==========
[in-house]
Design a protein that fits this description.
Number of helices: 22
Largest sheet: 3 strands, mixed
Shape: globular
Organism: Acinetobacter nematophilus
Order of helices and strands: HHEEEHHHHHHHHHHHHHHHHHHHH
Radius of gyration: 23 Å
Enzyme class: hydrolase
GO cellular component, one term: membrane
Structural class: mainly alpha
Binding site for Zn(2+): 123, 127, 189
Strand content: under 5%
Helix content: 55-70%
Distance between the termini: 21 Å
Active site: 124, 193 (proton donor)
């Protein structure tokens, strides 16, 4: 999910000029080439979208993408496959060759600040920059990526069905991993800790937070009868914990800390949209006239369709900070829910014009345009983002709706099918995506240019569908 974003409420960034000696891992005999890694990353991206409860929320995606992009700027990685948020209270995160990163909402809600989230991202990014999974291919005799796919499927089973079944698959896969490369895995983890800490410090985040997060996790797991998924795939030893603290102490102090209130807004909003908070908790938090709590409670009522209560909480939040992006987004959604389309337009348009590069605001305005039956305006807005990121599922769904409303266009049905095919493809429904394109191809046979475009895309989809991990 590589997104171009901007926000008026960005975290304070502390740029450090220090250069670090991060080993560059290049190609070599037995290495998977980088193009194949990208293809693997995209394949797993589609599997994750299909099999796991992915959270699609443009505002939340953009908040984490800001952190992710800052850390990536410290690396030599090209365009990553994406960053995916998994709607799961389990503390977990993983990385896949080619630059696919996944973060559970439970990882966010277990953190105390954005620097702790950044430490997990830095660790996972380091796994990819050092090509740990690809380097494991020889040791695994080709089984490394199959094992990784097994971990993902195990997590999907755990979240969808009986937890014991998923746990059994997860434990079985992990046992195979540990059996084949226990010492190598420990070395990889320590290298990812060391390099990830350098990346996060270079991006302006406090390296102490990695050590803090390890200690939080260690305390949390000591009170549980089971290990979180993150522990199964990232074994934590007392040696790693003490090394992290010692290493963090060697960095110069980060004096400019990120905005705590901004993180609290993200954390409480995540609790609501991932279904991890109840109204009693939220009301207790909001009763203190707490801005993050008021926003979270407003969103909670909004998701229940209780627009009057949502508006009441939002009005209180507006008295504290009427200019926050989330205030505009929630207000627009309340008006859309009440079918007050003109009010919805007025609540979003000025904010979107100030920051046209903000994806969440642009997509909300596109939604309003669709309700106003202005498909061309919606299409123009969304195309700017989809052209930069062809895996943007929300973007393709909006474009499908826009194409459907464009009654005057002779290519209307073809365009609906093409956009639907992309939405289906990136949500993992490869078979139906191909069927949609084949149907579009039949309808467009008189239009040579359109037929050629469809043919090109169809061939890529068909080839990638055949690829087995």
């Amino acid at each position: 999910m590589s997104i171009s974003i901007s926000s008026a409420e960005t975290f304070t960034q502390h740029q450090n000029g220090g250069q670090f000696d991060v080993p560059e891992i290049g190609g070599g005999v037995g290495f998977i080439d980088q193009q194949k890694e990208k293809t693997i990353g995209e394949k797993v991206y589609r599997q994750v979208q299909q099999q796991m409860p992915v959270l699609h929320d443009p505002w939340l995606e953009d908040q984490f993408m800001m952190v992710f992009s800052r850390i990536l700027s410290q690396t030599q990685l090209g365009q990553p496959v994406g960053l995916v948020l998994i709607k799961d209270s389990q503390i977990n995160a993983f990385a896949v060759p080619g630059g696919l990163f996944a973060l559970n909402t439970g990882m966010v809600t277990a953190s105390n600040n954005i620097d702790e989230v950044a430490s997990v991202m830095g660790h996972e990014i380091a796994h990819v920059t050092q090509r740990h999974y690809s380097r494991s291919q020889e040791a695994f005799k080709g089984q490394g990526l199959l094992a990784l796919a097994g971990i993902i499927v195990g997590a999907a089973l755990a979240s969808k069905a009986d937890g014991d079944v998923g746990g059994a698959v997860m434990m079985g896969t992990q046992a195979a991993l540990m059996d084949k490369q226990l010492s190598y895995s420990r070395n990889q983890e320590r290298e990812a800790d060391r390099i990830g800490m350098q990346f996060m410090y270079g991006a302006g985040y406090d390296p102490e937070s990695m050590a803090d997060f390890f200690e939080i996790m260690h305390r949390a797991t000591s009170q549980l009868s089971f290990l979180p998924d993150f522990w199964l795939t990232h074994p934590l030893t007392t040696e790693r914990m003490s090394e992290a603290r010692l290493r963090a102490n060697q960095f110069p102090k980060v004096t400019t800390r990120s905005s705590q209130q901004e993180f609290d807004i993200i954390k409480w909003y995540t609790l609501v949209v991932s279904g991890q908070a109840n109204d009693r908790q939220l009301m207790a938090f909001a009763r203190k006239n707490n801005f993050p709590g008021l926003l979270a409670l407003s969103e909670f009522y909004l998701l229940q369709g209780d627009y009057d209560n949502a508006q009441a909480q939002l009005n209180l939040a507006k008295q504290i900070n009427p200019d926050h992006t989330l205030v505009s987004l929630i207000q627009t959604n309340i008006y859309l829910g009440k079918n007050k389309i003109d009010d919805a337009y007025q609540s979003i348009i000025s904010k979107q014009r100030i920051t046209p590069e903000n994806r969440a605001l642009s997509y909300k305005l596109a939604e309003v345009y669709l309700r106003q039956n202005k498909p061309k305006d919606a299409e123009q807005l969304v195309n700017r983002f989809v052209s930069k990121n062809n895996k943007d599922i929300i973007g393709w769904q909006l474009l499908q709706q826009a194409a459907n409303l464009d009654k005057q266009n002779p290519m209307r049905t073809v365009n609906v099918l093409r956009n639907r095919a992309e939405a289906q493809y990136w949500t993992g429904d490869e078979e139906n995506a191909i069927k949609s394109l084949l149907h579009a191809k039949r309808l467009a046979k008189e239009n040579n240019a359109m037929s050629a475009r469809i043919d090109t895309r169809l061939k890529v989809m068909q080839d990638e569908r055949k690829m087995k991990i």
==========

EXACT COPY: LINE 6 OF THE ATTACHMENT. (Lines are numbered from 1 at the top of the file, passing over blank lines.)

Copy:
Organism: Acinetobacter nematophilus